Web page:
Still no coalition five months after Dutch elections; 5 questions about who with whom


Western Europe

Coen Hermenet, RD

The two main Dutch party leaders together for the press. Five months after the elections, it has become completely silent around the cabinet formation. The coming weeks they have to make progress. Photo ANP, Bart Maat

Almost five months after the election on March 17th, there is no prospect of a new government in the Netherlands. For a couple of weeks, it is utterly silent around the formation. Will the inevitable formation question finally be answered with a pencil, or will it take even longer? A first negotiation attempt should be imminent, but there is no sign of a breakthrough.

"Halfway through August," was the message just six weeks ago. Then, after the liberal VVD and social-liberal D66, under the leadership of investigator Mariëtte Hamer, an "outline document" was fabricated. Coalition negotiations could be held, the two parties said in a motion voted for by a large majority in Parliament.

And, will coalition negotiations start in mid-August?

The first condition is that VVD and D66, under Hamer's leadership, have completed their document. It is not clear what the exact state of affairs is. Daily De Telegraaf wrote that those involved in the formation expect physical negotiations next week at the earliest. A summer break was called for mid-July.

Parliamentary Speaker Mrs Vera Bergkamp asked investigator Hamer on Wednesday to inform the House about the status of the formation.

Whether coalition talks can start after the document is completed remains to be seen. The requirement for this is, in fact, a lot more exciting: at least one party will really have to come out of its trench. However, there is nothing to suggest that a breakthrough is imminent.


The writing exercise by VVD and D66 was the only thing that still could be done at that moment. The formation was at a standstill, so coalition negotiations were no option at all. A breakthrough requires at least one party to reconsider a former position. The current standings have blocked all the possible coalition variants.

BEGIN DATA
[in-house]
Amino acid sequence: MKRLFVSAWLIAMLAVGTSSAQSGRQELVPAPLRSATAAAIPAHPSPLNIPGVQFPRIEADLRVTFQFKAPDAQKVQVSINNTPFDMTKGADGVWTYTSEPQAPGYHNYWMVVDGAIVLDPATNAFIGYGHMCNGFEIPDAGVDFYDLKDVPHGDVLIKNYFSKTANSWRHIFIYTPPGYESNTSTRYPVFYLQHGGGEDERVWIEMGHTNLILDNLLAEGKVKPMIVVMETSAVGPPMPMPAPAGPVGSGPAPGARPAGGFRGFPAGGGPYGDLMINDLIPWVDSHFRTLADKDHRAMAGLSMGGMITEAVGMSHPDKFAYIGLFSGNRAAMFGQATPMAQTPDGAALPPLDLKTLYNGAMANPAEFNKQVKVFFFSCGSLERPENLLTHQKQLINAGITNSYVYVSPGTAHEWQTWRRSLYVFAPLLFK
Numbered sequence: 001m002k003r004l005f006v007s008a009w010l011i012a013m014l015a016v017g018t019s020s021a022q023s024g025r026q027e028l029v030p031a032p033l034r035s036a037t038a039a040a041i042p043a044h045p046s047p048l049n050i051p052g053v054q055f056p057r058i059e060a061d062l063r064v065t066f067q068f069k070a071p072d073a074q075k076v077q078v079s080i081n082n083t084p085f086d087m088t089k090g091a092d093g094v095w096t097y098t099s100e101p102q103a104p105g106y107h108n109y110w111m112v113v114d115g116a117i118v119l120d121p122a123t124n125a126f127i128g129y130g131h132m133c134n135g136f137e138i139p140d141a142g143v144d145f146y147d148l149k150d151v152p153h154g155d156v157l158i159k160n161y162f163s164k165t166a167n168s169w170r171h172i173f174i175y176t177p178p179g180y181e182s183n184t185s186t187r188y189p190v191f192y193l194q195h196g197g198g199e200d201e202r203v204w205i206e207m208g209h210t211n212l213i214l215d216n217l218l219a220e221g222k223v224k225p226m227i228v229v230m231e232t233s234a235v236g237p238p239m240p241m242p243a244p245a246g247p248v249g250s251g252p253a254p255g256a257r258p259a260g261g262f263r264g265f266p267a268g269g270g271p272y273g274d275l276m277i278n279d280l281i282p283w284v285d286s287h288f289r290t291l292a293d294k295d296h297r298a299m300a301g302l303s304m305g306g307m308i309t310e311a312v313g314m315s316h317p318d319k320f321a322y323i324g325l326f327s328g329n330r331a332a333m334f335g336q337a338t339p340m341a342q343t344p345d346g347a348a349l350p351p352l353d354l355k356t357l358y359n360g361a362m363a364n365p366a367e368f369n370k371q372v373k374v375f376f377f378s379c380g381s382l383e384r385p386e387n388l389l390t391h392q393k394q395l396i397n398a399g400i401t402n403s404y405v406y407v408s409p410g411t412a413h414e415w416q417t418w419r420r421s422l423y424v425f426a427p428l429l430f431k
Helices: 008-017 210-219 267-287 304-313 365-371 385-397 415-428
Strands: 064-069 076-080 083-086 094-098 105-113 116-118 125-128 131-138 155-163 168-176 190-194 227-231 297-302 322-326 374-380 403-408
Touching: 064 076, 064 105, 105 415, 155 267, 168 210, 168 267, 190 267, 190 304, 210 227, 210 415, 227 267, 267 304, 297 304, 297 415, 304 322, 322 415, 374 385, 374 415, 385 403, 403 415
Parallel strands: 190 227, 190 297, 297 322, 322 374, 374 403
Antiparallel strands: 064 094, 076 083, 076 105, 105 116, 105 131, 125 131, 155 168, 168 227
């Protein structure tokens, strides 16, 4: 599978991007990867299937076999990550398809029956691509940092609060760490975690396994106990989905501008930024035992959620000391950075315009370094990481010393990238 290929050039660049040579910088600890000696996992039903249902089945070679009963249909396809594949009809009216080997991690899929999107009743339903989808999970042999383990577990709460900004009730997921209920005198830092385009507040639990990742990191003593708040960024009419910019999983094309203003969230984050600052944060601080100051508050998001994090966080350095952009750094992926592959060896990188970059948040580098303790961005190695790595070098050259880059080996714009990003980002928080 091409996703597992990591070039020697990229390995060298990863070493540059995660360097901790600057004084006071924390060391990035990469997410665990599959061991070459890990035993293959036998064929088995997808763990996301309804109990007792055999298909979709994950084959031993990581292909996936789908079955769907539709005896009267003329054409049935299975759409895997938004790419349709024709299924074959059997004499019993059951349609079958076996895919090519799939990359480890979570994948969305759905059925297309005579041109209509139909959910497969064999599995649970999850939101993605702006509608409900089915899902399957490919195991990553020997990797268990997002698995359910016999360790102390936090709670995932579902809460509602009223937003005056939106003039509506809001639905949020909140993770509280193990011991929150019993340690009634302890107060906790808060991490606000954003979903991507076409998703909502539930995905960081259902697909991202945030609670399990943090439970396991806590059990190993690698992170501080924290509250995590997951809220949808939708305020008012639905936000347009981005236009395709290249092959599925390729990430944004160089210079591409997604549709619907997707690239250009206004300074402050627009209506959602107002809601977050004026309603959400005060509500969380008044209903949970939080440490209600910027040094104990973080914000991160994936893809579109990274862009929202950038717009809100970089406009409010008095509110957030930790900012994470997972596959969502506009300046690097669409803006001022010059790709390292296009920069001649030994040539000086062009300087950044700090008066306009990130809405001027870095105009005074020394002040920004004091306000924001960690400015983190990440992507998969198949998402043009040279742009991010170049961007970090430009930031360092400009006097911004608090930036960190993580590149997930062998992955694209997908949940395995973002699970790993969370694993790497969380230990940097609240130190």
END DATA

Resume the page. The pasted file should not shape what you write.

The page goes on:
Which variants are involved now?

In both cases, at least VVD, D66 and the Christian-democratic CDA are involved. Option one is that the present coalition continues; in that case, the Christian Union would join. Option two is that PvdA (Labour) and GreenLeft join the three parties instead.

There are no more than these two options at the moment. This is first of all because VVD and D66 are, in any case heading for a majority cabinet. So, working with CDA solely is out of the question. But PvdA and GreenLeft are holding on to each other. But both variants have been blocked so far.

What are the objections?

For the first variant, the one with the Christian Union, only one party stands in the way: D66. Chairwoman Sigrid Kaag has said time and again that D66 wants the most progressive cabinet possible. In addition, Kaag has explicitly stated that she has no interest in working with the orthodox Christians again, as her party wants to go further on sensitive issues such as 'completed life'. Although the CU is showing restraint, it is not putting up any concrete blockades.

The five-party combination with PvdA and GL is meeting resistance from VVD and CDA. They do not want to join forces with both left-wing parties.

The elections were 148 days ago. Isn't there a hurry to have a new cabinet?

Nobody will say that there is no hurry. However, the question is to what extent the people in critical positions are bothered by the impasse in the formation. VVD, D66 and CDA have not yet announced that they have left the trenches, and the left-wing parties have not yet taken off their "stone lifejackets", as CDA leader Hoekstra called them. Meanwhile, despite the significant political questions, there is no missionary government.

Here and there, there is grumbling and frustration about the inertia of The Hague. "Five months after the elections, where is a new cabinet with a coalition agreement that is dominated by an effective climate policy?" former D66 leader Jan Terlouw wondered on Twitter on Tuesday.

Right-wing PVV leader Geert Wilders also stirred. On Wednesday, he asked for a parliamentary debate on the formation. However, a majority of the House does not want this until Hamer's final report is available, according to Bergkamp.

*This article was published previously in the Dutch Reformatorisch Dagblad on August 12th, 2021.



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